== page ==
Key Facts

  • In 2005, an estimated $3.3 million referrals of possible child abuse and neglect were made.2

  • In 2005, 899,000 children were substantiated or indicated as abused or neglected. 3

  • In 2005, 1,460 children died as a result of abuse or neglect. 4

  • Of the children substantiated as abused and neglected, only 60.4% received follow-up services. Of the children reported as abused and neglected but not substantiated, 26.9% received follow-up services. One-fifth of victims (21.7%) were placed in foster care as a result of an investigation. 5

  • As of September 30, 2005, 506,483 children were in foster care. 6

  • Of the 286,005 children exiting foster care in 2005, 64.1% were reunited with their parents or other family members. 7

  • Of the 506,483 children in foster care in 2005, 122,195, or 24.1%, were waiting to be adopted. 8

  • In 2005, 51,278 children were legally adopted through the public child welfare agency, a 1.4% decrease from 51,993 in 2004. 9

  • In 2006, approximately 2.4 million grandparents nationwide had primary responsibility caring for their grandchildren. 10

  • Of the 506,483 children in foster care in 2005, 23.9% were living with relatives while in care. 11

  • Of all the children in kinship care in 2005, 36.9% were white, 35.5% were black, 18.8% were Hispanic, 2.2% were Native American, and 6.5% were all other races. 12

  • In 2004, 935,225 children were enrolled in Medicaid on the basis of being in foster care, representing approximately 3.4% of all children enrolled in Medicaid. 13

  • In 2004, $350 million of the total Medicaid spending for foster children was spent on Targeted Case Management (TCM) services and $545 million on Rehabilitative Services in the United States, representing approximately 18% of total Medicaid spending. 14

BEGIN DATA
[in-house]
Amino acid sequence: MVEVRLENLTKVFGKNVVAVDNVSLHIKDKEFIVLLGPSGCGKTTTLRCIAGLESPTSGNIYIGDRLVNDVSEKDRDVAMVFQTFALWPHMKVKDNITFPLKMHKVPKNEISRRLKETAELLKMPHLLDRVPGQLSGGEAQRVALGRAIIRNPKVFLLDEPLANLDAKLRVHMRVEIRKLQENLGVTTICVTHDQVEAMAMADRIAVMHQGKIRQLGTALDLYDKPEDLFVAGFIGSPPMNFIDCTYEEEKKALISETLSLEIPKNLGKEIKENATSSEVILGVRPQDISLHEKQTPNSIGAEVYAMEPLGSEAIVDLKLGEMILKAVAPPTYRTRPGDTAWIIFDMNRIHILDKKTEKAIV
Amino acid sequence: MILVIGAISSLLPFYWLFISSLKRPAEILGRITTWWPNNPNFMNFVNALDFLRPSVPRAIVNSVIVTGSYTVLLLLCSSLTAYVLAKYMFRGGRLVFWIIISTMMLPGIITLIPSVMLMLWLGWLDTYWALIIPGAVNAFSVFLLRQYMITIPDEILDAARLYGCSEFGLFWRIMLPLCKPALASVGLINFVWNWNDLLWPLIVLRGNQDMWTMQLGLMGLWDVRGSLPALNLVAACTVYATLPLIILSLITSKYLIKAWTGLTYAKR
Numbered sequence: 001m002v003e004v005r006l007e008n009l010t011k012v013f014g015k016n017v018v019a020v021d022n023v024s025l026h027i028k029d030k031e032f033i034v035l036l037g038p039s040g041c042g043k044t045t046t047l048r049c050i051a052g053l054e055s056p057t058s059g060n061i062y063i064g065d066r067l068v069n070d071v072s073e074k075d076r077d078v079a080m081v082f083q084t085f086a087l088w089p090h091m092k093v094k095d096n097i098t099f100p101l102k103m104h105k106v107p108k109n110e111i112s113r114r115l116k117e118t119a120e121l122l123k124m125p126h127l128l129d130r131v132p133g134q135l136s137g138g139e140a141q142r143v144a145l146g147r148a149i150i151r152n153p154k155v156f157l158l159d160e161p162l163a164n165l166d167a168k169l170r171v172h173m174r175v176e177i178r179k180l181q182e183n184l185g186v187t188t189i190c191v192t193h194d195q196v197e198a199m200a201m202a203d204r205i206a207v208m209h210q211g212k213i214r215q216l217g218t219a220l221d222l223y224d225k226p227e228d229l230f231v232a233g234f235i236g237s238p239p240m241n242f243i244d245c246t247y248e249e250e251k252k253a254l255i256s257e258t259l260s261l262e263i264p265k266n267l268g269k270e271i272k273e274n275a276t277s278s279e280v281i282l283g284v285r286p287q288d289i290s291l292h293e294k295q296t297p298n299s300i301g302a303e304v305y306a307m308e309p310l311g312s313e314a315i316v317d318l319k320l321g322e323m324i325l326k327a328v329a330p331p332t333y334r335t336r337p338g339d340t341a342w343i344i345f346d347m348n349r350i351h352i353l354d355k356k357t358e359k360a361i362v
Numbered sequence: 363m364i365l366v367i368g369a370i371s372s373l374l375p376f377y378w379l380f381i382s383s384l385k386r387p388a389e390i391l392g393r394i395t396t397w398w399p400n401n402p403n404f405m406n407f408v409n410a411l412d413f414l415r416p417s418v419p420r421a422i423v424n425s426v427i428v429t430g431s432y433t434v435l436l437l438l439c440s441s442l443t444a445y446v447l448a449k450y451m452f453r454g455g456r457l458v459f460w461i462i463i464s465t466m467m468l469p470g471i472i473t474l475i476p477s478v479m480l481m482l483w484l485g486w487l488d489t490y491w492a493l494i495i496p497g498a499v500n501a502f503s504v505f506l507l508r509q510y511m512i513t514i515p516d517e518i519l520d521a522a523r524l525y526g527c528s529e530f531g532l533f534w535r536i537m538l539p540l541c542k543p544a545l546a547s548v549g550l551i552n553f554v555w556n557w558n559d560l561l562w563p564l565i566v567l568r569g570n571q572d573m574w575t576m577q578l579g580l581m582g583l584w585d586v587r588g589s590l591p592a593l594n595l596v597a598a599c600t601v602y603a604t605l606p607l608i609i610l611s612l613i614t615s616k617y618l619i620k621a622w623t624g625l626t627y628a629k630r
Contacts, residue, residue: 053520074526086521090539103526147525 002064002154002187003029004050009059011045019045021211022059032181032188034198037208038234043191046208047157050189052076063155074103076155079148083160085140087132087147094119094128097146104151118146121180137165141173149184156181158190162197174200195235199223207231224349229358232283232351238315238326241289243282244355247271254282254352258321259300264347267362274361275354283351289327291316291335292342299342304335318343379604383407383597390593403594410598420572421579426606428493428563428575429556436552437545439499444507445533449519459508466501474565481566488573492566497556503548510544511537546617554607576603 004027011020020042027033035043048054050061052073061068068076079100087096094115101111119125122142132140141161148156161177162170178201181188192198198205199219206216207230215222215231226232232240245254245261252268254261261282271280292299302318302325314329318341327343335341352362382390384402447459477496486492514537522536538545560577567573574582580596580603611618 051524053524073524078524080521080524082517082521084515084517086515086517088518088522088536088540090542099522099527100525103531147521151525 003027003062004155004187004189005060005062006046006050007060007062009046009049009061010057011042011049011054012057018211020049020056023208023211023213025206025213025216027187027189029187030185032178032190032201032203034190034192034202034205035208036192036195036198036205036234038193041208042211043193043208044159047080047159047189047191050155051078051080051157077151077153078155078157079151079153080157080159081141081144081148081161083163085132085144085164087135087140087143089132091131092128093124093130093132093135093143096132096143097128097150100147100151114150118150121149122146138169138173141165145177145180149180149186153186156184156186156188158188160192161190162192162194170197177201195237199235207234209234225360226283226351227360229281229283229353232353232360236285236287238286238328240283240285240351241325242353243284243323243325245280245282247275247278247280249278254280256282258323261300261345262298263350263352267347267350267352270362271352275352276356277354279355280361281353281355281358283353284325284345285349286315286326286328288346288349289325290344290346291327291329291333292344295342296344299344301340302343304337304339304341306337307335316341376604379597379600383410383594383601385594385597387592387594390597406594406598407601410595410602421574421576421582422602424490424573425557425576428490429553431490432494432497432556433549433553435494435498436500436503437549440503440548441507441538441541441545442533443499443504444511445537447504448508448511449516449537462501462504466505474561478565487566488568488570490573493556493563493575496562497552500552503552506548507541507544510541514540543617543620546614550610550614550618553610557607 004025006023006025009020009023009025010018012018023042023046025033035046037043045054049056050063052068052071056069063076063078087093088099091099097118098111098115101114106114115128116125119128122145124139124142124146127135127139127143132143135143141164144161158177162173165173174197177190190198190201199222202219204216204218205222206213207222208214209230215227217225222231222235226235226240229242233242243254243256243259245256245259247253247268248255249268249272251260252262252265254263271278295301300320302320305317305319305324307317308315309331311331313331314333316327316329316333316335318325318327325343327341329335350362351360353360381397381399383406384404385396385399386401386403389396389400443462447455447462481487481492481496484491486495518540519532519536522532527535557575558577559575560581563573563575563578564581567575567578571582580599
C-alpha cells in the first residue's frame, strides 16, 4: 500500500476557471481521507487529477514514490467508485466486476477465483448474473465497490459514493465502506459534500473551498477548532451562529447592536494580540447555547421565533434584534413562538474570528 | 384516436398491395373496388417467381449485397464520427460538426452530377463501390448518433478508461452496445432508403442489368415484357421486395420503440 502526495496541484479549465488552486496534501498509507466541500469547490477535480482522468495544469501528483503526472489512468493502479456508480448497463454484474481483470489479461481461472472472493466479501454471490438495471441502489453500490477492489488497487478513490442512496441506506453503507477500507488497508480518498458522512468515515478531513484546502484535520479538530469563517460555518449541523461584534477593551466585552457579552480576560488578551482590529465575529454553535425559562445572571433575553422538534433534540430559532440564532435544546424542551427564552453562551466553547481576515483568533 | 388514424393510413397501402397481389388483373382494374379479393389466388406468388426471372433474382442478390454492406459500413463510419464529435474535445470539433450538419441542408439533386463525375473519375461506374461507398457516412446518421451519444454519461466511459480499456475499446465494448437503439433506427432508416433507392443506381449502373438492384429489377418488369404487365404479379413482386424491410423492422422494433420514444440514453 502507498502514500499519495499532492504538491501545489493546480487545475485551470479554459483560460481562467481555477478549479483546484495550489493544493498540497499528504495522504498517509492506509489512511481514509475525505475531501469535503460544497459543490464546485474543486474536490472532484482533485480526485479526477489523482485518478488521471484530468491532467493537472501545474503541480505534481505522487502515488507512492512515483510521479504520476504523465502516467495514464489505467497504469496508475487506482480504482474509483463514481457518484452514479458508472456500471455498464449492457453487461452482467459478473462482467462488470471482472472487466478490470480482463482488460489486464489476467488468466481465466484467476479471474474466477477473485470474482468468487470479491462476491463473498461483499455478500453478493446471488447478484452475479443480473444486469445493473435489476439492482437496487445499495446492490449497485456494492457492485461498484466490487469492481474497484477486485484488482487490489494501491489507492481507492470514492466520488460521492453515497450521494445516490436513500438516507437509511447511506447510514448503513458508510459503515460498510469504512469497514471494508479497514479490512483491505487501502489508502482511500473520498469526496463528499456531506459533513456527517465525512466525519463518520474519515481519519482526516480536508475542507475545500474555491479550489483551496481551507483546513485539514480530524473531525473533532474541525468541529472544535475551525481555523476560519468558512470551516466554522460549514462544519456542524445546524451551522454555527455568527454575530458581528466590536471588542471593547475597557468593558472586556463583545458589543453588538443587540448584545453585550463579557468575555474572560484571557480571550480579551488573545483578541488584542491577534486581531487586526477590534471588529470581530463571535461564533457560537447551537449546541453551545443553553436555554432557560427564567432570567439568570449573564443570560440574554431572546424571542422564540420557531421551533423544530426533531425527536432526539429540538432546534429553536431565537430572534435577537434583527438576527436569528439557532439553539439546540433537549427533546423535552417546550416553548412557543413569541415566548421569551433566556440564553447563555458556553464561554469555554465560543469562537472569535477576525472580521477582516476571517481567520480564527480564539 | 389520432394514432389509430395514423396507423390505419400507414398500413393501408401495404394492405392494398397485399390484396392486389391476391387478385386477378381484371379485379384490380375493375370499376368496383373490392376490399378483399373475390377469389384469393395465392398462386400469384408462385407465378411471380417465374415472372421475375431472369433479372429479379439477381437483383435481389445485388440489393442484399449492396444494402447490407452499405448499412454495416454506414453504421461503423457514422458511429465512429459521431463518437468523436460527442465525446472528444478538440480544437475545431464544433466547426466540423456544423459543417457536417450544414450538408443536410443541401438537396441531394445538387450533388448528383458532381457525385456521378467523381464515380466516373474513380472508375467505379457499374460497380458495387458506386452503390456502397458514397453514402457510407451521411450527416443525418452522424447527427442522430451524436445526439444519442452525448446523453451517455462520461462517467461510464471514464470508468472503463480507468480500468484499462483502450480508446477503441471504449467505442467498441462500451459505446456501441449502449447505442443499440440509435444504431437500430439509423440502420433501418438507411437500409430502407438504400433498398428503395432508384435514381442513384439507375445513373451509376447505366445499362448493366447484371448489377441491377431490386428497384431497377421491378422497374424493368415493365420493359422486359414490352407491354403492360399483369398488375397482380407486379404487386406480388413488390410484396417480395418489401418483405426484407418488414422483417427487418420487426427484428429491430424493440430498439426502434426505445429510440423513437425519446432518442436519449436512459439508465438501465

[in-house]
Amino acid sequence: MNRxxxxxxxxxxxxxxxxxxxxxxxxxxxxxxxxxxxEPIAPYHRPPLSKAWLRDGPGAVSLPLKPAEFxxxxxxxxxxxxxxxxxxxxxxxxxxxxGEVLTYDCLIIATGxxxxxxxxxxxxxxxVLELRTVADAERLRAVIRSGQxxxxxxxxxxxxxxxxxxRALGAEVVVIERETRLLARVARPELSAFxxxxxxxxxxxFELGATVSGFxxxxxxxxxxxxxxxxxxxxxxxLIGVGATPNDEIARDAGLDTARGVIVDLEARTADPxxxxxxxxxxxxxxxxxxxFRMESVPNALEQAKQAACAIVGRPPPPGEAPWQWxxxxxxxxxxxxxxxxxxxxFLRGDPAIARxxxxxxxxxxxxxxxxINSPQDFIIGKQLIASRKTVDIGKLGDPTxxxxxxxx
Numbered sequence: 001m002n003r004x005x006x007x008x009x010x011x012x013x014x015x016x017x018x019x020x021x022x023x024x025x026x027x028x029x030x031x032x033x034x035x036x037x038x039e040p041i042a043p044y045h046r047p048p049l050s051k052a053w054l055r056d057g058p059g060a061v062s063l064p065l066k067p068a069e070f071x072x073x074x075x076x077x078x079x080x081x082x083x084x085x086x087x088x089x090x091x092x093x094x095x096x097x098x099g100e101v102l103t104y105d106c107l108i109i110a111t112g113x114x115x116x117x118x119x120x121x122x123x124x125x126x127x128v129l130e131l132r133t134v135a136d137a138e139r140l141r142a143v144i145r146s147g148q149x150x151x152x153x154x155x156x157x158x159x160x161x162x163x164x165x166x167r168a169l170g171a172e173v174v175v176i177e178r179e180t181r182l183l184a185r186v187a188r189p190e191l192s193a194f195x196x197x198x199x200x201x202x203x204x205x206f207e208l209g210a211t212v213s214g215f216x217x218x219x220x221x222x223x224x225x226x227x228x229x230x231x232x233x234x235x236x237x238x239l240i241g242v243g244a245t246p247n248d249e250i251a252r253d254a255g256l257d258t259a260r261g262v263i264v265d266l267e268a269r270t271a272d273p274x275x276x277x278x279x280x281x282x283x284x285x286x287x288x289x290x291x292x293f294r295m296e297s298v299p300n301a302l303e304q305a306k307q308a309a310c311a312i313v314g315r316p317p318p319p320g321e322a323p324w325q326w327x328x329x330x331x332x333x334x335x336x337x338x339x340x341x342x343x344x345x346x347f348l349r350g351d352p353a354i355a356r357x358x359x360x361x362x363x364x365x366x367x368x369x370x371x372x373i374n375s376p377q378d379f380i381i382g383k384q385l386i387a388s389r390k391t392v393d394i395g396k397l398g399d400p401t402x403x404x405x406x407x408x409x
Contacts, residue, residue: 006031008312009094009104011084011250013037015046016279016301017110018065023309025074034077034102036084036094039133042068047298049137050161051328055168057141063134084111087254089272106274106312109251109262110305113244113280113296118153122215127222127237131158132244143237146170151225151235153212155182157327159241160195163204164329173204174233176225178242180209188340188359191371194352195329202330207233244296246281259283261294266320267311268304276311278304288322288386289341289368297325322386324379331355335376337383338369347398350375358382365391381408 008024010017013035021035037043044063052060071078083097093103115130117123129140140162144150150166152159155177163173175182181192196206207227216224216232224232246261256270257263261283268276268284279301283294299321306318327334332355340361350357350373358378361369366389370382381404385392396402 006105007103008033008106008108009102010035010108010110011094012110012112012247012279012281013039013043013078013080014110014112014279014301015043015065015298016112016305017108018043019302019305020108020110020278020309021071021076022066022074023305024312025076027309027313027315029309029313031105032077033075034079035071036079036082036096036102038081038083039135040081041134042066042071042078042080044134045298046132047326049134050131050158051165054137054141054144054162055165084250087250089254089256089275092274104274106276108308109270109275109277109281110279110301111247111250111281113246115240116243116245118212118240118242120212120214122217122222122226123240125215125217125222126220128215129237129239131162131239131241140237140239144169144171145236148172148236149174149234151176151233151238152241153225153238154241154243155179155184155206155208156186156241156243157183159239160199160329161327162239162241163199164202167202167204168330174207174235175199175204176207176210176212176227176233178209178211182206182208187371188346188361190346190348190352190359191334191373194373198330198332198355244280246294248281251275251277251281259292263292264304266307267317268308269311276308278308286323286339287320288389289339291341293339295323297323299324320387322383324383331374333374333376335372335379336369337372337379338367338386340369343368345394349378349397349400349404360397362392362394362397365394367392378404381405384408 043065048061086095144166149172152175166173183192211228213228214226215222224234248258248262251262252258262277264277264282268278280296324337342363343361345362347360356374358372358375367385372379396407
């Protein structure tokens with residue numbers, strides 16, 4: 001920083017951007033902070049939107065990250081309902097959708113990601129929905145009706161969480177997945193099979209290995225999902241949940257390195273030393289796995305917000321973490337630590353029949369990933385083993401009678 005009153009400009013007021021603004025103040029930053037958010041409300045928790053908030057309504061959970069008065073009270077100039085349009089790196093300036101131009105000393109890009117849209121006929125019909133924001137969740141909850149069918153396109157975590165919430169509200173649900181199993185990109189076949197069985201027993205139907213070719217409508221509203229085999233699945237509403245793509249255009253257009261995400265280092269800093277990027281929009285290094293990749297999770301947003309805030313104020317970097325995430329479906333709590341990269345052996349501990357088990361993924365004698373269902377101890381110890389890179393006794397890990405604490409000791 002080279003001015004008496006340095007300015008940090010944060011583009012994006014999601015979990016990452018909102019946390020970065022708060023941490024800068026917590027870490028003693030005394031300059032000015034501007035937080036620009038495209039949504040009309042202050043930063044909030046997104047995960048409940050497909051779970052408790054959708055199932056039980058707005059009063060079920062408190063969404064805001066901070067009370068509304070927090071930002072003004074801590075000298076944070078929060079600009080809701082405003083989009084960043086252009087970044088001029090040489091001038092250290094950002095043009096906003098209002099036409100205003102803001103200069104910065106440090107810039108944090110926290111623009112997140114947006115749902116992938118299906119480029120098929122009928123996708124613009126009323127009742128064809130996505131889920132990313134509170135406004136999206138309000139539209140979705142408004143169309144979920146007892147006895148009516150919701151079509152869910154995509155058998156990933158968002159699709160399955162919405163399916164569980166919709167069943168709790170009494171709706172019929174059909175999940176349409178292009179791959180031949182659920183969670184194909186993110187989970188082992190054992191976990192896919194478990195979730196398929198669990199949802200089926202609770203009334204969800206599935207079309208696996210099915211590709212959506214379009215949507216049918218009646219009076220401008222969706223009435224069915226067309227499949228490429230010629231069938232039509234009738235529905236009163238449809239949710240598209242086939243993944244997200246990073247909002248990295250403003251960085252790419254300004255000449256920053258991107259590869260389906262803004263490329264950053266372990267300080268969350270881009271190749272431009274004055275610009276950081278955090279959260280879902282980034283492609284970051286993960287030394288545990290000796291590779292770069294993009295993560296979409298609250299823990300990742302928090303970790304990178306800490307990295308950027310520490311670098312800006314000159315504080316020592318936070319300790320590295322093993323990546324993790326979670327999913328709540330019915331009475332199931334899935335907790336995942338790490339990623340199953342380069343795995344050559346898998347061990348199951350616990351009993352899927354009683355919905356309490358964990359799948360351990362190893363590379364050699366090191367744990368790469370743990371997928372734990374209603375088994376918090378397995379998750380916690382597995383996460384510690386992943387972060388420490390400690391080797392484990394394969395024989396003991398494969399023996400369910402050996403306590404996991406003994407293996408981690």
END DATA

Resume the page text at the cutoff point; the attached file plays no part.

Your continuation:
• Children in foster care receiving TCM are much more likely to receive other important services such as physician, prescription drug, dental, and home health services than children in foster care who do not receive TCM services. 15

  • In 2005, 24,211 children aged-out of out-of-home care. 16

  • In 2004, the country spent $23.3 billion for child welfare services. Child welfare services refer to all direct and administrative services that the state agency provides to children and families. Of this, 50% was from federal funds, 39% from state funds, and 11% from local funds. 17

  • In 2004, of the $11.7 billion in federal dollars spent for child welfare, 50% was for Title IV-E Foster Care and Adoption Assistance, 4% for Title IV-B CWS and PSSF, 10% for Medicaid, 11% for Social Services Block Grant, 20% for TANF, and 3% for other federal sources, including Supplemental Security Income and Survivors Benefits. 18


  1. In addition to CWLA, the original group comprising the Partnership to Protect Children and Strengthen Families included: the American Federation of State, County, and Municipal Employees (AFSME), the American Public Human Services Association (APHSA), Catholic Charities USA, the Center for Law and Social Policy (CLASP), the Children's Defense Fund (CDF), and Voices for America's Children. back
  2. U.S. Department of Health and Human Services, Administration on Children, Youth, and Families. (2007). Child maltreatment 2005. Available online. Washington, DC: Author. back
  3. Ibid. back
  4. Ibid. back
  5. Ibid. back
  6. Child Welfare League of America. (2007). Special tabulation of the Adoption and Foster Care Analysis Reporting System (AFCARS). Arlington, VA: Author. back
  7. Ibid. back
  8. Ibid. back
  9. Ibid. back
  10. U.S. Census Bureau, 2006 American Community Survey. (2006) Data profiles: Selected social characteristics. Available online. Washington, DC: Author. back
  11. CWLA, Special tabulation of the AFCARSback
  12. Ibid. back
  13. Centers for Medicare and Medicaid Services. (2007) FFY 2004 Medicaid Statistical Information System (MSIS) annual summary file. Available online. Washington, DC: U.S. Department of Health and Human Services. back
  14. Ibid. back
  15. Geen, R., Sommers, A.S., & Cohen, M. (2005) Medicaid spending on foster children. Available online. Washington, DC: Urban Institute. back
  16. CWLA, Special tabulation of the AFCARSback
  17. Scarcella, C.A., Bess, R., Zielewski, E.H., & Geen, R. (2004). The cost of protecting vulnerable children V: Understanding state variation in child welfare financing. Available online. Washington, DC: Urban Institute. back
  18. Ibid. back

CWLA Contact

John Sciamanna